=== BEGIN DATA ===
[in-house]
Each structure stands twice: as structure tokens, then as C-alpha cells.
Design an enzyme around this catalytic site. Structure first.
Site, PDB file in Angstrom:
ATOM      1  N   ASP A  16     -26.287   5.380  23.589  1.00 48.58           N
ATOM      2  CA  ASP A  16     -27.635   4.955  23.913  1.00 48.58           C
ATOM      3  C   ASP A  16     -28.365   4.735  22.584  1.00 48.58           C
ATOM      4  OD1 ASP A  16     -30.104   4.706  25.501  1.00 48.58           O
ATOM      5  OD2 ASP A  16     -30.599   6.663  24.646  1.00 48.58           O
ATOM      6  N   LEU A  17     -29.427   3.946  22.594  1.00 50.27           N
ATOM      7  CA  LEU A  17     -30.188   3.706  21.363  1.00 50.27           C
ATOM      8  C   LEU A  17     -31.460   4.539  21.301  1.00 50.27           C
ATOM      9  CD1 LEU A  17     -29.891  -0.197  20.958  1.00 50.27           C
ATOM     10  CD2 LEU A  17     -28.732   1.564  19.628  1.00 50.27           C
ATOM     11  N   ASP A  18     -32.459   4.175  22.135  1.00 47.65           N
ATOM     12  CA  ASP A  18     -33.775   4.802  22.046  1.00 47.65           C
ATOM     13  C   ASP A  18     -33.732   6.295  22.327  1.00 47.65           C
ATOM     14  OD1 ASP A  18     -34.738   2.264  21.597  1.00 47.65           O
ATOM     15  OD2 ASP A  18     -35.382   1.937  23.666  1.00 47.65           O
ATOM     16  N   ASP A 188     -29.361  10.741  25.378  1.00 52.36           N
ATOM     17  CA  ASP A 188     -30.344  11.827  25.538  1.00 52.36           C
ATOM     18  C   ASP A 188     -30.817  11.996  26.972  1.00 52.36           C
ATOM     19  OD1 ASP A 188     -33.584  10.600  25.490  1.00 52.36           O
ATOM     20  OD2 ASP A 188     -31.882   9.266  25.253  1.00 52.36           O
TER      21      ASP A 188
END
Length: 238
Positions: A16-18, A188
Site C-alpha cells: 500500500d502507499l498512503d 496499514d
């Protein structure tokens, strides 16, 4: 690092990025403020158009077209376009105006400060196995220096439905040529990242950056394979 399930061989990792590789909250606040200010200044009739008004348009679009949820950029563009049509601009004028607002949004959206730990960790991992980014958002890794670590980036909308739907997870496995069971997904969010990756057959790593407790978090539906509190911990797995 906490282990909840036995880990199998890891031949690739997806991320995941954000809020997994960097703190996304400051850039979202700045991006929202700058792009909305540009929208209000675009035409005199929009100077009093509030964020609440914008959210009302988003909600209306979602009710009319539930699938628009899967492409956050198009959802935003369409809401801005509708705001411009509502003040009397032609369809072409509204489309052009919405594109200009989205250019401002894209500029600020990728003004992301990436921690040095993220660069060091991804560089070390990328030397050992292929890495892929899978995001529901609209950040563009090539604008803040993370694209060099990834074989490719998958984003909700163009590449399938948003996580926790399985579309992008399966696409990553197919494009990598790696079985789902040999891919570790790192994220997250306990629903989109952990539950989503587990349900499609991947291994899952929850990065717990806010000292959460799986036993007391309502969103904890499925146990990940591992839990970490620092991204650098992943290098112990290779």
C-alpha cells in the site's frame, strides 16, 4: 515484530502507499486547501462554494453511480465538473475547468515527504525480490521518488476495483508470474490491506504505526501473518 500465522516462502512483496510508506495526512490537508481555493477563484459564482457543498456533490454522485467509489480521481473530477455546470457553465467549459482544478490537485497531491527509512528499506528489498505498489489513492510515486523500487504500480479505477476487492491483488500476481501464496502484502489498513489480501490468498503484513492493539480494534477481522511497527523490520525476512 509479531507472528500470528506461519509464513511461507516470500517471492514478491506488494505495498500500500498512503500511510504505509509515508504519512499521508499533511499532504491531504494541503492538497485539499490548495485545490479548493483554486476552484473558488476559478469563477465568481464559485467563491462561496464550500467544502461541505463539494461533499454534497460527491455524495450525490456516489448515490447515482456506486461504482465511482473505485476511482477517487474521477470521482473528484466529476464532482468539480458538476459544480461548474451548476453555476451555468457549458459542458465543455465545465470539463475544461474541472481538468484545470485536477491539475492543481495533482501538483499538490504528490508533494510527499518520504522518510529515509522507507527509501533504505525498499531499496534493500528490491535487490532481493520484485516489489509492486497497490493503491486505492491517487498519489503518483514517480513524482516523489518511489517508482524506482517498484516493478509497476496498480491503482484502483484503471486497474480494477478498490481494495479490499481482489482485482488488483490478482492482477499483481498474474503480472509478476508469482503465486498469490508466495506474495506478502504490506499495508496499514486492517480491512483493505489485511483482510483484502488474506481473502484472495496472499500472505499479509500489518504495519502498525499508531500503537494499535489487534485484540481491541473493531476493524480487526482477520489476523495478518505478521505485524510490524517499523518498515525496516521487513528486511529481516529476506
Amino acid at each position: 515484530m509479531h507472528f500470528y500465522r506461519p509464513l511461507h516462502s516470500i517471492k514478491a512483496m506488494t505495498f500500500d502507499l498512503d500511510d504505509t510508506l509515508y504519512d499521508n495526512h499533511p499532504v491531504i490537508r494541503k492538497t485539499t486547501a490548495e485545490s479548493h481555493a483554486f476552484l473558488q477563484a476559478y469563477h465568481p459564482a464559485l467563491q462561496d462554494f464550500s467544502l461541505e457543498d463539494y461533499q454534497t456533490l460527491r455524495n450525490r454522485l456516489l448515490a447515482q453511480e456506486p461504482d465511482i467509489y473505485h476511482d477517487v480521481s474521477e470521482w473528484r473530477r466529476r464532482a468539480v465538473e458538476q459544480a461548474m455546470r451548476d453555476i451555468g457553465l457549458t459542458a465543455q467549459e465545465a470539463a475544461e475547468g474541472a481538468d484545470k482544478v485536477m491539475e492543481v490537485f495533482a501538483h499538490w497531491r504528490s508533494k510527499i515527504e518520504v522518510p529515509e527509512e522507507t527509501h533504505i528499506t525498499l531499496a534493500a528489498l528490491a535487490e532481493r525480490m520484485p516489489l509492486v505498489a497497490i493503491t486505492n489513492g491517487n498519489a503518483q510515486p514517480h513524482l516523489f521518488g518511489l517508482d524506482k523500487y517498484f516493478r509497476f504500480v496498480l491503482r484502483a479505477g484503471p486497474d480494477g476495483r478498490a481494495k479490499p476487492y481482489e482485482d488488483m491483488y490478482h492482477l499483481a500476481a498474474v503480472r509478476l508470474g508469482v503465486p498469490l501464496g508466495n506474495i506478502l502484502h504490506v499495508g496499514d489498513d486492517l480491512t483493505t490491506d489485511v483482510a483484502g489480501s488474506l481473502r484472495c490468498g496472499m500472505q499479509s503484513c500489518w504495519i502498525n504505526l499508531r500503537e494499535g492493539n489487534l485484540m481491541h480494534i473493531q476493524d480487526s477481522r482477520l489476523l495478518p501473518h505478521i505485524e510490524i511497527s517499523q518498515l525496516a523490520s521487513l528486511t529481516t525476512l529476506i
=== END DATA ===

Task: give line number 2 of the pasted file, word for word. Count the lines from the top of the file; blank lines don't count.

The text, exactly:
Each structure stands twice: as structure tokens, then as C-alpha cells.